Gregory (00:01:10) - Thanks for having me.

Josh (00:01:11) - Boy, we had a great conversation. We were like, Man, we better start recording this stuff because we found like just so many common threads in our backgrounds and experiences.

Josh (00:01:19) - But. Gregory Give us an overview of what startup science is.

Gregory (00:01:24) - Startup science is a platform that is used to power universities, accelerators and other startup assistance programs, and it's built specifically to help founders get through the gauntlet of becoming successful. So it was on the heels of a five year study on why win and how founders fail. That started in 2016, and we found out the commonalities and sort of the trends and patterns that show founders are failing. Most of them fail for the same reasons over and over and over. So my goal was just to stop them from failing. For those reasons, they could fail for other ones, but not those reasons. And that's what we built.

Josh (00:02:01) - Well, you've certainly evoked my curiosity. What are some of the big reasons that founders fail?

Gregory (00:02:07) - The number one reason is bad decisions, but that is actually not the real reason, the real reason, the number. So if you look at it in a stack, right, there's the top of the tree, which is what everybody sees.

Gregory (00:02:18) - And then there's the roots underneath the ground. The top of the tree says bad decisions underneath the ground that splits off. And the number one reason out of those actually has to do with bad advice. They're making bad, bad decisions because they're getting bad advice. And the bad advice, the number one contributor of bad advice is actually investors. And the number two. Yeah. And the number two is mentors. So it's pretty interesting. You know what?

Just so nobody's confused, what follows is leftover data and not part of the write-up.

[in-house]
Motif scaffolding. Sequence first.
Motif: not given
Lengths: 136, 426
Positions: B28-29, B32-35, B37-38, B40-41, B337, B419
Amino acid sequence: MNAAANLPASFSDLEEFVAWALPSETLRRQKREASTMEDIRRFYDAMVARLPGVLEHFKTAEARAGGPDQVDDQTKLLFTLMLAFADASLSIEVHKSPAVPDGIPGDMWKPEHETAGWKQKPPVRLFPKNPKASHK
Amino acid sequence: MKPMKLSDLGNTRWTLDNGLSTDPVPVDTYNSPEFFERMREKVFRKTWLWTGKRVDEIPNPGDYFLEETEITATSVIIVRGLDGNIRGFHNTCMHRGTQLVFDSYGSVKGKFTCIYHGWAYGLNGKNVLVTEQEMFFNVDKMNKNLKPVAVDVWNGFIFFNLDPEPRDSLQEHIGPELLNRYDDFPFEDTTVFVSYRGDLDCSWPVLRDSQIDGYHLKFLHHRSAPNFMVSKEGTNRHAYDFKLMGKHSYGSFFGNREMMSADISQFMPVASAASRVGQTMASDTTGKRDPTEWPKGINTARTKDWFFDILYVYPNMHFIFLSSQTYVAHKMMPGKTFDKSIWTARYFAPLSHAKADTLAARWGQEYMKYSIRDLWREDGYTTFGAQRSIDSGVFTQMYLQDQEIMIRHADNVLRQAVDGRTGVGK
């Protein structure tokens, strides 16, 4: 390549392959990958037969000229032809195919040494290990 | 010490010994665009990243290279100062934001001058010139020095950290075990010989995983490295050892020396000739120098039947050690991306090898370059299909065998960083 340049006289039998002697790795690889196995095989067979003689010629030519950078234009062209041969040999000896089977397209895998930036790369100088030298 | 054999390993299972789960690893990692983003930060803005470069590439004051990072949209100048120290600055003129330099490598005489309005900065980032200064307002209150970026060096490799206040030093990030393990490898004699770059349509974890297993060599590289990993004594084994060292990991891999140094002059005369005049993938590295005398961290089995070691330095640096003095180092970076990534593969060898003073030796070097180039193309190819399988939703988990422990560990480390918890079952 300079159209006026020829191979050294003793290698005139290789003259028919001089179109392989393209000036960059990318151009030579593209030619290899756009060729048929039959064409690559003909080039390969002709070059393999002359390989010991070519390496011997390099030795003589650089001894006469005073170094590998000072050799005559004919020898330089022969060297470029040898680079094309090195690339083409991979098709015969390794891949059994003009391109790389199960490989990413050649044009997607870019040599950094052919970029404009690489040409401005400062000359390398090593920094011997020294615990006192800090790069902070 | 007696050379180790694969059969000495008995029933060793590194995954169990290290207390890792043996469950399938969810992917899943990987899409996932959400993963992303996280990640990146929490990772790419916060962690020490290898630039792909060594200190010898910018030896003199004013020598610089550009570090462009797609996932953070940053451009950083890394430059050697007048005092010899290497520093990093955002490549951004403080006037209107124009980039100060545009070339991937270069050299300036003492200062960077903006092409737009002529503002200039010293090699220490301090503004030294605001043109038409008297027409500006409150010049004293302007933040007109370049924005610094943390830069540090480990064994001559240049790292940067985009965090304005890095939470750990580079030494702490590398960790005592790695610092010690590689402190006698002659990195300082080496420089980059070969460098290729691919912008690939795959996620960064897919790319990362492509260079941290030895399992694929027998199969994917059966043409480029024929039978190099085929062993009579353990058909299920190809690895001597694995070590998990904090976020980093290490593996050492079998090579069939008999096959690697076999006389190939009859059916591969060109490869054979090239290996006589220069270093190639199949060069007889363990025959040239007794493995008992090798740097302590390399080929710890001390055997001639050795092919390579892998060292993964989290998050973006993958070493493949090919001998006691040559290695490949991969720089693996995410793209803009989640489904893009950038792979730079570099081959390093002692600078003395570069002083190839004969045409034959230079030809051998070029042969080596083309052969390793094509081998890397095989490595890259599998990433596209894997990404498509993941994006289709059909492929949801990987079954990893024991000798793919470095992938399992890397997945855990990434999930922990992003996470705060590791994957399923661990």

Josh (00:02:49) - I wonder what kind of bad advice that you hear or have heard of investors sharing, which this is surprising, right? You would think that, you know, someone that's putting their money in is going to be pretty deliberate, you know, and they're going to make sure that they've vetted whatever it is that they're recommending rather than just spouting off opinions that may or may not work. But what are some common pieces of bad advice that you might hear from an investor?

Gregory (00:03:16) - Yeah, it's not it's not that they don't they have the right intentions, but yes.

Josh (00:03:20) - Oh, sure.